Tuesday, December 29, 2009
The Road (2009)
MAJOR SPOILERS OF BOTH THE BOOK AND MOVIE AHEAD-YE HAVE BEEN WARNED:
Ok? All right, here is my thesis (Thesis! College!) on the ending of The Road in (now) both its forms: some people have debated the ending and some people argue about whether or not the ending is "uplifting" or not. Like anything else when discussing these things, its pretty subjective. My take is this: in both the movie and the book the ending is actually uplifting not because the son lives. No, although thats part of it, but because the father dies. This might seem cynical, but I think McCarthy was basically saying that the Father had taught the son (or "boy" and "man" but whatever...) but in the end he was actually holding back his son from evolving as a compassionate human being, and from holding him back he was also, in a sense, holding back humanity from regrouping once again, by being suspicious of everyone. As the book (and movie) progress the boy starts to become wary of this worldview, especially after they have some food they found that they could share with fellow travelers, but the man still treats everyone with suspicion and sometimes with downright malice, often for no reason. Sure, the boy is young and obviously sees the world in a less cynical manner, but maybe that is what the world, or THIS world needed. And it isn't until the very end when the Father (man) passes away, that barrier falls and meets up with a kindly new family, opening himself up in a way his Father wouldn't allow when he was alive. It took the Father dying, the passing of the old world so to speak for something maybe, possibly to be reborn. But who knows, after this whole trip if there is anything else besides death, but thats beside the point, I think.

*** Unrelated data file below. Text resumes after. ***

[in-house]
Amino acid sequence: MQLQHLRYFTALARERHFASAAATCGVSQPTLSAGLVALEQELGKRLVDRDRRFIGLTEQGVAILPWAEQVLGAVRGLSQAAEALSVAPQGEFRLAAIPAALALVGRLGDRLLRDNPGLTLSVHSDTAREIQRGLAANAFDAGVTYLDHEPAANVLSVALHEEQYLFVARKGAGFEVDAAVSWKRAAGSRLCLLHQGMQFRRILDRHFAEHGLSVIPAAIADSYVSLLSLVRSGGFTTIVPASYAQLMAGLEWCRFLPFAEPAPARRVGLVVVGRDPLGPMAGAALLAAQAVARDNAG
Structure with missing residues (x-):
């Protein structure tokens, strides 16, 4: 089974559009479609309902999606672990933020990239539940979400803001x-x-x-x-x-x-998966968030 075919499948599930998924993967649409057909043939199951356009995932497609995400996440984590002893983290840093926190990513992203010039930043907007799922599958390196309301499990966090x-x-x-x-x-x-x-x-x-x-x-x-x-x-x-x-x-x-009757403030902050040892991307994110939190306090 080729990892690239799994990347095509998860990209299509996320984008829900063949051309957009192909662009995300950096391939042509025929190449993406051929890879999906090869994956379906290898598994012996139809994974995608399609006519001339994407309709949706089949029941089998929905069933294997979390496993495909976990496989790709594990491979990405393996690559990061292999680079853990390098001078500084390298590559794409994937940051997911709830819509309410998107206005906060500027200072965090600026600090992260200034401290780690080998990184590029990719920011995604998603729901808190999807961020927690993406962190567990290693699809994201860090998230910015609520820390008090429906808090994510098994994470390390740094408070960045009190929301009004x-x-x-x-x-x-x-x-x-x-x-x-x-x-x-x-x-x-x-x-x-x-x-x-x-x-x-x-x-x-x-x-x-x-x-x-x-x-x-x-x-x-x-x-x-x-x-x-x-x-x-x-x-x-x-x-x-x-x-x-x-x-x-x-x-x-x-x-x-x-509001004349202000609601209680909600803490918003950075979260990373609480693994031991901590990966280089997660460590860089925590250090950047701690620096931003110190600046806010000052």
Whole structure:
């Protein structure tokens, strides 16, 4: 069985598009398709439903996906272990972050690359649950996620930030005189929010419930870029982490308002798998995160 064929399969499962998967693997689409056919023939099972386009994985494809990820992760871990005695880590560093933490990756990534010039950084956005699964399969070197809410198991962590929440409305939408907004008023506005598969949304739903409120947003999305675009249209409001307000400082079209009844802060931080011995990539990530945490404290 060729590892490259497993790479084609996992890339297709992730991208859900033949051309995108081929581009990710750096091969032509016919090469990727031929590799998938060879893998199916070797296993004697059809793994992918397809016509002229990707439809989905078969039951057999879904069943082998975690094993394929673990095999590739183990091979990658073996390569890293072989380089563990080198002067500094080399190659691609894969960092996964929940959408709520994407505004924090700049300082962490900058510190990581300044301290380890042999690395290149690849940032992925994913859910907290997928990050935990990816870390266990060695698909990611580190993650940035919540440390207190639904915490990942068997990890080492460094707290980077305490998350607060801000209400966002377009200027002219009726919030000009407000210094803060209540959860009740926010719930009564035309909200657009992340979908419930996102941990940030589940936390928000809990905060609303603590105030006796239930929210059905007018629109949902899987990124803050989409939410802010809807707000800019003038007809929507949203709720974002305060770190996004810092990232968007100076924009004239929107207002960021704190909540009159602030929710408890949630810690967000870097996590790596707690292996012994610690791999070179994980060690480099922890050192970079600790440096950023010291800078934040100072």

That being said, people thought this movie was going to be a disaster. Pushed back a year, with a trailer that it made it look like , I don't know, a zombie apocalypse movie or Mad Max or something like that. I can see why there might have been trouble marketing this movie because its not so much an adventure really-although I guess you could say it sort of is. How do you market this movie outside of the people who have already read the book? People are certainly going to be put off by it, besides the whole father-son trying to survive aspect of it. But, in the end, it is a really faithful adaptation of the book. I truly wonder how it plays to people who haven't seen it? Parts of it are like a horror movie, certain parts seem like they would be worse because of the anticipation of what you know whats coming. Basically, its the world's most bleak road movie, as the father-son push through this wasteland after an unnamed disaster occurred which basically has brought, well, the end of the world. People are trying to survive, they have resorted to cannibalism-its as bleak as all get out. I think the movie does a good job of capturing that. The book is episodic in nature as it follows the two leads on their journey "south" or "the coast"-where they dream that things will somehow be better-but probably won't. Viggo Mortensen and Kodi Smit-McPhee have the weight of the whole movie on them and they do an admirable job of portraying a father-son relationship in the most extreme circumstances possible. (An odd sidenote: there are only two leads, obviously, but its crazy how stacked the filmmakers have cast the other characters they encounter: Michael K.Williams, Robert Duvall, Guy Pearce, and Charlize Theron-all show up). Its odd, since it is all so gray and sad, but the visuals are actually pretty amazing to see, it "looks great" in the saddest sort of way. It makes me want to check out John Hillcoat's The Proposition (Also, I forget if this was in the book or not, but the Earth is literally dying so trees just randomly crack and fall apart, and the movie is punctuated with that sound-like the death rattle of the Earth-its kind of eerie.) In the end, while seeming sort of aimless and bleak, it does what it sets out to do, and is one of the more faithful adaptations of any book I can remember. There seem to be only a few filmmakers who could adapt a Cormac McCarthy book with any degree of success (few should try-please don't even try to make a Blood Meridian movie) but it works, in an odd way, it works, to make a really sad, sometimes hard-to-watch movie.
Hillcoat actually tries to flesh out the relationship with The Father and His Wife (Woman, The Mother) with flashbacks, I actually think that works for the adaptation. What doesn't is definitely the narration by Mortensen that is scattered throughout the film, sort of randomly. It seems like something that was added by some producer in post-production and seems somewhat out-of-place in that is overexplains things too much.